Henry was a committed, dedicated, kindly man, always determined to make sure that the voice of his constituents were heard.  He was prepared to listen and acknowledge the other person's point of view.  If in debate you had done well, Henry would clearly indicate that you had made a very important point.

     Henry was always prepared to bring to the caucus and the Legislature the important role that agriculture played in the province.  He demonstrated his leadership in the farm community, whether selecting breeding stock for his excellent cattle herd, production of the roasting chickens, which has been referred to several times, and the delivery of them to his caucus colleagues, or in fact to selling of freezer beef to his urban colleagues.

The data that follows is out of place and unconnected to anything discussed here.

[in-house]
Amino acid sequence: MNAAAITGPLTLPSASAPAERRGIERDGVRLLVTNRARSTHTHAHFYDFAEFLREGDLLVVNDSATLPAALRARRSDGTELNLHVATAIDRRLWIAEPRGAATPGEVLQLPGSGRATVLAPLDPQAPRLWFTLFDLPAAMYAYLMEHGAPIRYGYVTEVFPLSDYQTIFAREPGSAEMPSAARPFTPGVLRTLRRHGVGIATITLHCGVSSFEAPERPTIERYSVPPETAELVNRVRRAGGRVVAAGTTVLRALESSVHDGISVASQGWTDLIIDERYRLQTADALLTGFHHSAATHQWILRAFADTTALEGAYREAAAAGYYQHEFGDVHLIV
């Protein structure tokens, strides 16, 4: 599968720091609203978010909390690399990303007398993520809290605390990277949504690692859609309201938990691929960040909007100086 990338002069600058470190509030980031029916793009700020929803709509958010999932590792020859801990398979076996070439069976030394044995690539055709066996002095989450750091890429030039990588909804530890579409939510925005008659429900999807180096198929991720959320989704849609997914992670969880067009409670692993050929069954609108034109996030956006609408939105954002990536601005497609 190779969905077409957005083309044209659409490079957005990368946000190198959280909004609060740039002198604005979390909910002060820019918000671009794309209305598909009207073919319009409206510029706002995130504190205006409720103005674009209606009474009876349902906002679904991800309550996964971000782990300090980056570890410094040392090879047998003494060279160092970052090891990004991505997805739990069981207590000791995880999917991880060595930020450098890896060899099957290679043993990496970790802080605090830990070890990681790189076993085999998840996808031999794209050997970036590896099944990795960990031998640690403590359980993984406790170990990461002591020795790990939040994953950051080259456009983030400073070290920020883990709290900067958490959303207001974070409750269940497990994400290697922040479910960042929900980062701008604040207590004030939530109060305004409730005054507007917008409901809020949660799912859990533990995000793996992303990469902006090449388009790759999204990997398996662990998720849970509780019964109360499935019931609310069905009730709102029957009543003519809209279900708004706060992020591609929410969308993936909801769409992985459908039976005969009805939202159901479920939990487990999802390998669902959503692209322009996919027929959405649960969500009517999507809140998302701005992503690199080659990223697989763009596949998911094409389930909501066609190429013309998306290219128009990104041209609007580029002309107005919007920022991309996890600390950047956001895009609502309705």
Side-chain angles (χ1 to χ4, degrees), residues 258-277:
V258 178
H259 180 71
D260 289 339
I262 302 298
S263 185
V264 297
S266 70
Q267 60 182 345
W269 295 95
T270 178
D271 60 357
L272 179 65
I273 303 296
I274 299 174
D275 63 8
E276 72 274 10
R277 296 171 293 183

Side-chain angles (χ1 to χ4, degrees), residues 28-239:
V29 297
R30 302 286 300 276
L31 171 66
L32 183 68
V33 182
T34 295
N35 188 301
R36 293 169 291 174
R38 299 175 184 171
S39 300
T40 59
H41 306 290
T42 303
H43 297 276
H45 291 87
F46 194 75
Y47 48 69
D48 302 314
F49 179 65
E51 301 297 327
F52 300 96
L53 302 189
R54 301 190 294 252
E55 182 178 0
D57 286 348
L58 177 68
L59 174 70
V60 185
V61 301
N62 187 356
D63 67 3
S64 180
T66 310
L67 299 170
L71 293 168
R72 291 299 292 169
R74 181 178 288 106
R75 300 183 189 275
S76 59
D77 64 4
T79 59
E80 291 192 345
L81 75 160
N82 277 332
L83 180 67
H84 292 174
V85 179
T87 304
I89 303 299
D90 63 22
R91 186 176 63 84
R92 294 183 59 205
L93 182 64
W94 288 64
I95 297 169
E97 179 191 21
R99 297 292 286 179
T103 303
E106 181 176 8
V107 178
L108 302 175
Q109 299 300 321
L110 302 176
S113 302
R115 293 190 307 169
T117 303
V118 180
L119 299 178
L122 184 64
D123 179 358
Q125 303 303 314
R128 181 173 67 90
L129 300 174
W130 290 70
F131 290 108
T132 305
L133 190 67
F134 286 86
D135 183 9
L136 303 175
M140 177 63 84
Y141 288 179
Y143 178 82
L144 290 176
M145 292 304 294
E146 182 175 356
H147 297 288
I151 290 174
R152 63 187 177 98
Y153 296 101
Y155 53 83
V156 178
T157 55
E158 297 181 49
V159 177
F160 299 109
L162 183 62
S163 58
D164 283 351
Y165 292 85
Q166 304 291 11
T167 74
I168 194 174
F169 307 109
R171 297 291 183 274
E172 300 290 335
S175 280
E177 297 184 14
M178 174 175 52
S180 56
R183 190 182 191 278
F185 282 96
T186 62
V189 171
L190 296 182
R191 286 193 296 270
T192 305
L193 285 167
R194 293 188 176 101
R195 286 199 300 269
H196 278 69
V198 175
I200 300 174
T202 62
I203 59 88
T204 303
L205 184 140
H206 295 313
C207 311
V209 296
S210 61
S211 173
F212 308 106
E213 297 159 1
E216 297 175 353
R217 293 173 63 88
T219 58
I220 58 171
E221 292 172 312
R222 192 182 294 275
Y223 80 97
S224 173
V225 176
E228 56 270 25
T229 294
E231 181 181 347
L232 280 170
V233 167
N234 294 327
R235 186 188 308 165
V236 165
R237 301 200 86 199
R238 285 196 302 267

Henry was truly a friend of the land and a friend of all those who toiled to maintain our food production system.  Henry continued to show his commitment to the farm and support his family, working with them as he represented his constituents, continuing to show his strength as the Einarson family endured one of life's most tragic events, that being the loss of a loved one at a very early age.  This I am sure took its toll; however, having faith in God, Henry and the family endured and carried on.  He had determination.

     He continued to show the determination as has been referred to in his support for the Port of Churchill, participating in the Port of Churchill board, as well, vehemently expressed his opposition to the introduction of the metric system to obtain the name of Hectare, as my colleague... [2]

[1] Emily Einarson Enns, SEC.3 Emily Einarson Enns-1954 translated Icelandic Papers and 40 page family data sheets
[2] LEGISLATIVE ASSEMBLY OF MANITOBA, Session: 10 A.M., Friday, February 21, 1992
[3] Wikipedia on Henry
[4] Roy Christopherson

Roy and Emily contributed to Henry's Wiki page


Henry Einarson Link to Surname pages
Son of Gudbrandur 'Goodie' Einarson and Mary Jacobina Sigvaldson

Henry married